Saturday, February 6, 2021


Doris Roberts, Elizabeth Wilson, Florence Stanley, Maureen Stapleton, Neil Flanagan, Joan Pape, Lee Wallace.
THE SECRET AFFAIRS OF MILDRED WILD [Comedy/Fantasy/Films] A: Paul Zindel; D: Jeff Bleckner; S: Santo Loquasto; C: Carrie F. Robbins; L: Thomas Skelton; P: James B. McKenzie and Spofford J. Beadle; T: Ambassador Theatre; 11/14/72-12/2/72 (23)

Maureen Stapleton, Neil Flanagan.

The critics bulldozed a wide path through this insubstantial comedy about Mildred Wild (Maureen Stapleton), a middle-aged film fanatic, who escapes from the humdrum prosaicness of her life as the wife of a diabetic, Greenwich Village candy store owner (Lee Wallace) by imagining herself the heroine of old Hollywood movies. She watches at least 3,000 movies a year and has collected fan magazines since the 1920s. Mildred’s fantasies allow her to be Shirley Temple, Scarlett O’Hara, King Kong’s main squeeze, Tarzan’s Jane, and Ginger Rogers. The shallow plotline establishes her as the winner of a phony contest that would presumably send her to Hollywood for a screen test.

Lee Wallace, Doris Roberts, Maureen Stapleton.

Stapleton’s talents were capably exhibited in the broadly played, quick-change, Walter Mitty-ish leading role, but her performance lacked a play in which to flourish. As Jack Kroll observed of playwright Paul Zindel, “He has written so far down to the audience that he’s fallen right through it and is at this moment plummeting straight to hell. . . . I have never seen such a symphony of gangrenous venality as this play.”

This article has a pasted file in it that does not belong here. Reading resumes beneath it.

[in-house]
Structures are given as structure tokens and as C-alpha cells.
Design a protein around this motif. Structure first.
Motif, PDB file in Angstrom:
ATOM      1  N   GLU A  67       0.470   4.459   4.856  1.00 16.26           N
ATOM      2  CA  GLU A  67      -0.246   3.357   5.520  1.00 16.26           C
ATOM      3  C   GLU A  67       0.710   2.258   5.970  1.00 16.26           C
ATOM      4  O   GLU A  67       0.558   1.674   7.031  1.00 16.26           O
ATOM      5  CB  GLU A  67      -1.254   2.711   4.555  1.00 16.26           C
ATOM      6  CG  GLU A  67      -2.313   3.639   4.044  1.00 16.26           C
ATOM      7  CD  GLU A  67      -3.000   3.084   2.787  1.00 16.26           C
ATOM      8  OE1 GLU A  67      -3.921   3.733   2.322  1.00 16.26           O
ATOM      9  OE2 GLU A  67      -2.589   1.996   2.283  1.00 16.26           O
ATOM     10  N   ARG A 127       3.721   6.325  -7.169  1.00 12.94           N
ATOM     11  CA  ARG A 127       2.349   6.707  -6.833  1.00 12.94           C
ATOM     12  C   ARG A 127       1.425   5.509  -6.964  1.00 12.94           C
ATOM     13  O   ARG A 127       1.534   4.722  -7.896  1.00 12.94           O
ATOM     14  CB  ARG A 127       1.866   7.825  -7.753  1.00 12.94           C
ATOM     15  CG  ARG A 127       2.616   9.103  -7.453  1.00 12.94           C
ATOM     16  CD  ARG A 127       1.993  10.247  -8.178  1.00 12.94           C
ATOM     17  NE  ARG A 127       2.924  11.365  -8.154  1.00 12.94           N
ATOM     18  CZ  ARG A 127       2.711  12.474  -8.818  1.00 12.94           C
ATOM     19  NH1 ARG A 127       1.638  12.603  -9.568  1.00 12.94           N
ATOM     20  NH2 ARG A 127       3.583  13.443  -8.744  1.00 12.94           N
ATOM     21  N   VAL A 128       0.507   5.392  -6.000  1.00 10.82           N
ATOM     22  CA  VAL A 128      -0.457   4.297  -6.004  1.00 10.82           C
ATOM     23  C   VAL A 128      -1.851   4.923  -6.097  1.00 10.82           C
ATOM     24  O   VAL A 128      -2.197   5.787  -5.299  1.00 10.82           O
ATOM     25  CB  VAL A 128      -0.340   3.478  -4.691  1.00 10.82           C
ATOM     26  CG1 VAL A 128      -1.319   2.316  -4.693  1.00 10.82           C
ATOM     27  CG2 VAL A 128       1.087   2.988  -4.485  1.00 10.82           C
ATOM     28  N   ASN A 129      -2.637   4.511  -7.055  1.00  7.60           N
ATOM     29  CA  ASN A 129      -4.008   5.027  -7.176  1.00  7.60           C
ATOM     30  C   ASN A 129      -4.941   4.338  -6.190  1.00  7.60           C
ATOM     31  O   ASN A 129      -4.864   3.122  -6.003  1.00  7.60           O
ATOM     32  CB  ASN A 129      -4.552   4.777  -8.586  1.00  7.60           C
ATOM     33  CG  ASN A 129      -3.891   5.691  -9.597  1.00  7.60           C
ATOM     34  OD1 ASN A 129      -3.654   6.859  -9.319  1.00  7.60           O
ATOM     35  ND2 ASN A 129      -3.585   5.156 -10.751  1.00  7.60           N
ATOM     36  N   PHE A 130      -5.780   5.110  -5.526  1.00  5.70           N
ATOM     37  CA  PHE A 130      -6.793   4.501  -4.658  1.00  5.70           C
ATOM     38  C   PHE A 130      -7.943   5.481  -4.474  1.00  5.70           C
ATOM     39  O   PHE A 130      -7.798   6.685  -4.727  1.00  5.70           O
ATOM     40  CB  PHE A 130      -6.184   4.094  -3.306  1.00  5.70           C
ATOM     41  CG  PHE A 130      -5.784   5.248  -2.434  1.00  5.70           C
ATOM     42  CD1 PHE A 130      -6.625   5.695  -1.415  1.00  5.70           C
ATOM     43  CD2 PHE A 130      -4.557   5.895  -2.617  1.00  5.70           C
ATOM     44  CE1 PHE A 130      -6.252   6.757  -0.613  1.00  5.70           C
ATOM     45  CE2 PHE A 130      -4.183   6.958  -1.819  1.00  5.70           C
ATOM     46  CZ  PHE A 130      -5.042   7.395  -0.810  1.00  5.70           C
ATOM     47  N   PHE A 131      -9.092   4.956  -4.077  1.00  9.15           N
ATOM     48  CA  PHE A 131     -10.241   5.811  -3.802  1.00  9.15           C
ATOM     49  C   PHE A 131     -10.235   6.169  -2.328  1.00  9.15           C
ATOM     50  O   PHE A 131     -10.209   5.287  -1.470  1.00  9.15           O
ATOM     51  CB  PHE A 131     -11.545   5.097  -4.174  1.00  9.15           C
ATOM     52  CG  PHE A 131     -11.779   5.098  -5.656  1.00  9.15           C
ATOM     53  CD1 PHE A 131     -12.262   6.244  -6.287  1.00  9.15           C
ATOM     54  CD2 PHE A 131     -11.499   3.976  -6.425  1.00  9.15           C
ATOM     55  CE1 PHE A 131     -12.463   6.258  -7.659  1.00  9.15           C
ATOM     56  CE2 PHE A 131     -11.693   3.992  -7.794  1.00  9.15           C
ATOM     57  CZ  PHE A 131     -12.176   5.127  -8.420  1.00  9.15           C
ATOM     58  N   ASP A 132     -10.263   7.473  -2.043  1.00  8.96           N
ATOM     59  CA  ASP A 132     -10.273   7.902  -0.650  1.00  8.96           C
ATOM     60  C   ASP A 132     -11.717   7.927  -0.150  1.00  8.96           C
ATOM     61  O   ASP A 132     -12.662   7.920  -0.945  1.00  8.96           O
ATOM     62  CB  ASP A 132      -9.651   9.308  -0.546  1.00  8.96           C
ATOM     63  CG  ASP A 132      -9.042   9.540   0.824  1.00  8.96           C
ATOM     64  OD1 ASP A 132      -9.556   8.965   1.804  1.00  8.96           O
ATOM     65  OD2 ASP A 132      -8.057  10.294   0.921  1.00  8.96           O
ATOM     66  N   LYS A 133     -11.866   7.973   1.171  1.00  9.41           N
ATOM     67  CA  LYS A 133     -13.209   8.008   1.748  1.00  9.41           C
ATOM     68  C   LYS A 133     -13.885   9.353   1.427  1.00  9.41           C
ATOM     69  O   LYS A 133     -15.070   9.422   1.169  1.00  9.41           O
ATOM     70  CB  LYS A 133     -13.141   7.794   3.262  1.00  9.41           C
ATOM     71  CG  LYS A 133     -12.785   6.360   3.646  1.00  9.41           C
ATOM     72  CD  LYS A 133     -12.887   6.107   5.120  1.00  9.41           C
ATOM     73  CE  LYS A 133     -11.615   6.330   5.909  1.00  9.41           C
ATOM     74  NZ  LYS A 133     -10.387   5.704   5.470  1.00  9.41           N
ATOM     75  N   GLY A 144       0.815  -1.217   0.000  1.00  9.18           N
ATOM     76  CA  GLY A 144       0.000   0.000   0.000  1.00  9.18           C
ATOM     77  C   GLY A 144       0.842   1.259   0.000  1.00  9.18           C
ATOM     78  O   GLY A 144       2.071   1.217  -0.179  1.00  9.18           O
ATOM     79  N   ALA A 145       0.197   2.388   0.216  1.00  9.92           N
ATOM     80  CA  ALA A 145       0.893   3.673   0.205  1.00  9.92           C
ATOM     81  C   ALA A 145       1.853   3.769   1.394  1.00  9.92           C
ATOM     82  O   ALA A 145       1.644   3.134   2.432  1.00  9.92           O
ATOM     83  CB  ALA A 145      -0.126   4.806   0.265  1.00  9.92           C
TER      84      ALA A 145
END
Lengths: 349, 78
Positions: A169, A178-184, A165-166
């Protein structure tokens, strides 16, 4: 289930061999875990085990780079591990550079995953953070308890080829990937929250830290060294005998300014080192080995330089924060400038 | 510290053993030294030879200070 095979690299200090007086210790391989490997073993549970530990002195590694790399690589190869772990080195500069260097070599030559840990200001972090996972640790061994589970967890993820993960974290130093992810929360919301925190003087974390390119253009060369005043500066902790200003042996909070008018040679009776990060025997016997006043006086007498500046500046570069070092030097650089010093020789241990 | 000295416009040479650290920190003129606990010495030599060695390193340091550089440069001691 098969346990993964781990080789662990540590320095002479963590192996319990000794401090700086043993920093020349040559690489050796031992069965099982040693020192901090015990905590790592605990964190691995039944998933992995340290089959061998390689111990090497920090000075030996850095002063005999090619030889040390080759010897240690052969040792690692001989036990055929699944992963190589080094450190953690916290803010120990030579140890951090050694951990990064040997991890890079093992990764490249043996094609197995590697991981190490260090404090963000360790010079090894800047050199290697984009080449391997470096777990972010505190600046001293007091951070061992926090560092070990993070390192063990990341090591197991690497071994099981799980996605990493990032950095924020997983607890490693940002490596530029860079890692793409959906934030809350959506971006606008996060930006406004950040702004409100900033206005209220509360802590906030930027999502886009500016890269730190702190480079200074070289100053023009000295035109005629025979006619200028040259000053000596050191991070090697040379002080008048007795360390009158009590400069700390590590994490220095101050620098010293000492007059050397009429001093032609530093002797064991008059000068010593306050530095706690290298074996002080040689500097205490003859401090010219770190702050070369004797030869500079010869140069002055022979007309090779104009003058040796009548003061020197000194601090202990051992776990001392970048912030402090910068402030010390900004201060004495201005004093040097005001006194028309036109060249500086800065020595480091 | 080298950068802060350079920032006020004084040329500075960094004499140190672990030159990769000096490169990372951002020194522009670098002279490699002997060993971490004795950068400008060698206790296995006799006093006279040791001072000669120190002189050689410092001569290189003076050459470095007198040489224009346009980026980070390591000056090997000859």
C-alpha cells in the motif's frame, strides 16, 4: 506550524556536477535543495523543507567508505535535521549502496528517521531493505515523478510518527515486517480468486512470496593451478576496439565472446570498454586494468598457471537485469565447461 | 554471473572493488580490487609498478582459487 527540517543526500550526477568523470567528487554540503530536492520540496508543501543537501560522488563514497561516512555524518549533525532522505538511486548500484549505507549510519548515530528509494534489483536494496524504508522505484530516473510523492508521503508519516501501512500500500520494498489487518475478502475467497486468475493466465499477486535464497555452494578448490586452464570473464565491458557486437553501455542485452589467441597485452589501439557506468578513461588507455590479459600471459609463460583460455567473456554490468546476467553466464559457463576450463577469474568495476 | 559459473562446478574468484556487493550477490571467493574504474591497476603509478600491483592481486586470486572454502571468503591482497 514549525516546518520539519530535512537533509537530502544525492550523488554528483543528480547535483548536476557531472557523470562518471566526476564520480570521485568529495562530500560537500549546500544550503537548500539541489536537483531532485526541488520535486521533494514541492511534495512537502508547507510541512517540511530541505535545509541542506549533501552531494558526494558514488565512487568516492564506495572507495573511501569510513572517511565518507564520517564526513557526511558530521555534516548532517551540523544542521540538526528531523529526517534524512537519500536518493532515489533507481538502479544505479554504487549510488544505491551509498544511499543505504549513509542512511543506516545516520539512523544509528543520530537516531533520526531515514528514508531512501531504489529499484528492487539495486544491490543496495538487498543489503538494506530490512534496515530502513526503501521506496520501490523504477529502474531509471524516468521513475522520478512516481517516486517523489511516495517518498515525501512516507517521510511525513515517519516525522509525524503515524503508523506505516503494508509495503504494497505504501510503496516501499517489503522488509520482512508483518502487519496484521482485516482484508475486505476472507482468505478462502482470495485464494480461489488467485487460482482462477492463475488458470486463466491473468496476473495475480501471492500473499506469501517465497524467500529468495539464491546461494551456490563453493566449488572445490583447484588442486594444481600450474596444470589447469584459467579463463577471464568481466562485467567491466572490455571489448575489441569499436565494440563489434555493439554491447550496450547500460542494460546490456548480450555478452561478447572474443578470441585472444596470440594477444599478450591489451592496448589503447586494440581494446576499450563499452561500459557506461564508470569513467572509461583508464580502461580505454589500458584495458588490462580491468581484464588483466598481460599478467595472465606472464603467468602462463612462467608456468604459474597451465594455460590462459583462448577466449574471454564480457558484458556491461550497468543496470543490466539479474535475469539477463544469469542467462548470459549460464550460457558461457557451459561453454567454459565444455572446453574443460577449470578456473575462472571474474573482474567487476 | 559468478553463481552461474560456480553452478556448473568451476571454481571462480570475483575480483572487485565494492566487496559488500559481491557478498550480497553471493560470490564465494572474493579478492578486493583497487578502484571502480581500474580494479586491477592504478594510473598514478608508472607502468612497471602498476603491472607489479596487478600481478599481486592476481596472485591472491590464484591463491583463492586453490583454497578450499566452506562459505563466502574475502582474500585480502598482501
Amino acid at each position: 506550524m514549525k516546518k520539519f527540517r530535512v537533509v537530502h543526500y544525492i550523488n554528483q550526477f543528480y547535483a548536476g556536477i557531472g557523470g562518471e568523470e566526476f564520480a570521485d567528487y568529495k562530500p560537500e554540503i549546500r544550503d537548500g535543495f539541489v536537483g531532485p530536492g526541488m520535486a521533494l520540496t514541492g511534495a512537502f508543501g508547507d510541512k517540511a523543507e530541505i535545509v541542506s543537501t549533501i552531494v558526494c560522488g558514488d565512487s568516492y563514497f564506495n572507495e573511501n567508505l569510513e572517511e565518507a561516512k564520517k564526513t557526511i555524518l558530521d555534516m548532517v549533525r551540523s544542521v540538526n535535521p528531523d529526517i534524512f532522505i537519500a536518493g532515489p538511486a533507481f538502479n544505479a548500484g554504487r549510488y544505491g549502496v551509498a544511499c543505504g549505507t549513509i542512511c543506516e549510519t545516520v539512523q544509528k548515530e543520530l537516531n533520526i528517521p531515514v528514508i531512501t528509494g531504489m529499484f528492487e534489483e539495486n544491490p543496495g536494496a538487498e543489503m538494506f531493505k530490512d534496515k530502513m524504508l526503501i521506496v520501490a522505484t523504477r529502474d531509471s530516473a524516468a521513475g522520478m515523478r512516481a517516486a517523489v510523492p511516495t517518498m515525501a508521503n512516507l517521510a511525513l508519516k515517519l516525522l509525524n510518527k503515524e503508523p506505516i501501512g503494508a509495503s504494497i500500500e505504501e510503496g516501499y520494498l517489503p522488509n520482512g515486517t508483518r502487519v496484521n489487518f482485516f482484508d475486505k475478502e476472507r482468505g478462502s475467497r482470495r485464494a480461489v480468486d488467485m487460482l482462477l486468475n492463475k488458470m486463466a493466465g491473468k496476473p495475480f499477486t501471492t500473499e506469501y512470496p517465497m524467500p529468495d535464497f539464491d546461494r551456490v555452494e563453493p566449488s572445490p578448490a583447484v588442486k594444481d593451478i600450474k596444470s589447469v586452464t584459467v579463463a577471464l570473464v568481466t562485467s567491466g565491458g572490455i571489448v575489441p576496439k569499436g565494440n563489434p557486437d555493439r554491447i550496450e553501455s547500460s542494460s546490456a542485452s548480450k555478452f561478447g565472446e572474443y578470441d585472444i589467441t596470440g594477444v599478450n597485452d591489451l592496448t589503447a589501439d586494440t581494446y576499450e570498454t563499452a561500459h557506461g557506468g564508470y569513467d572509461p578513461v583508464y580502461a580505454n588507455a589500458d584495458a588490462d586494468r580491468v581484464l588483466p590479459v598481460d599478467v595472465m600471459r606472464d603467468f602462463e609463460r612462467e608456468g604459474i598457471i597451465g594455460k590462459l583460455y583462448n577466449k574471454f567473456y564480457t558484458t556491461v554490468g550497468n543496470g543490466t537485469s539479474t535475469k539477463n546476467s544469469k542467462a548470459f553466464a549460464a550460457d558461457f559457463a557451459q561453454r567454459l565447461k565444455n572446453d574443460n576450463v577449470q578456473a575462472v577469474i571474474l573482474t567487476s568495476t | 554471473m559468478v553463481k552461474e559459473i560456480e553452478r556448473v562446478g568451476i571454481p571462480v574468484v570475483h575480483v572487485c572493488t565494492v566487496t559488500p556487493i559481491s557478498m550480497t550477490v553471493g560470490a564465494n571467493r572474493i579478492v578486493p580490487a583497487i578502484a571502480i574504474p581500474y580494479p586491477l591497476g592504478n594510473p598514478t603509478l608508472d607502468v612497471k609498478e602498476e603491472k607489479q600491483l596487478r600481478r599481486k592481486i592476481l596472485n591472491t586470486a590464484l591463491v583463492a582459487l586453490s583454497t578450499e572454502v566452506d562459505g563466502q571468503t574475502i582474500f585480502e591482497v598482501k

Elizabeth Wilson, Lee Wallace, Maureen Stapleton.

Clive Barnes wrote that “Miss Stapleton . . . runs the gamut as a crushed cauliflower about to blossom, and her accomplishment as a comedienne is precise and beautiful. She always exaggerates with taste. . . . But Miss Stapleton is not a stand-up comic. Too often the author has supplied her with wisecracks rather than a character, and with situations rather than a play.” Florence Stanley, Elizabeth Wilson, Neil Flanagan, and Doris Roberts, were among the fine actors who were unable to make this turkey edible.

Lee Wallace, Maureen Stapleton.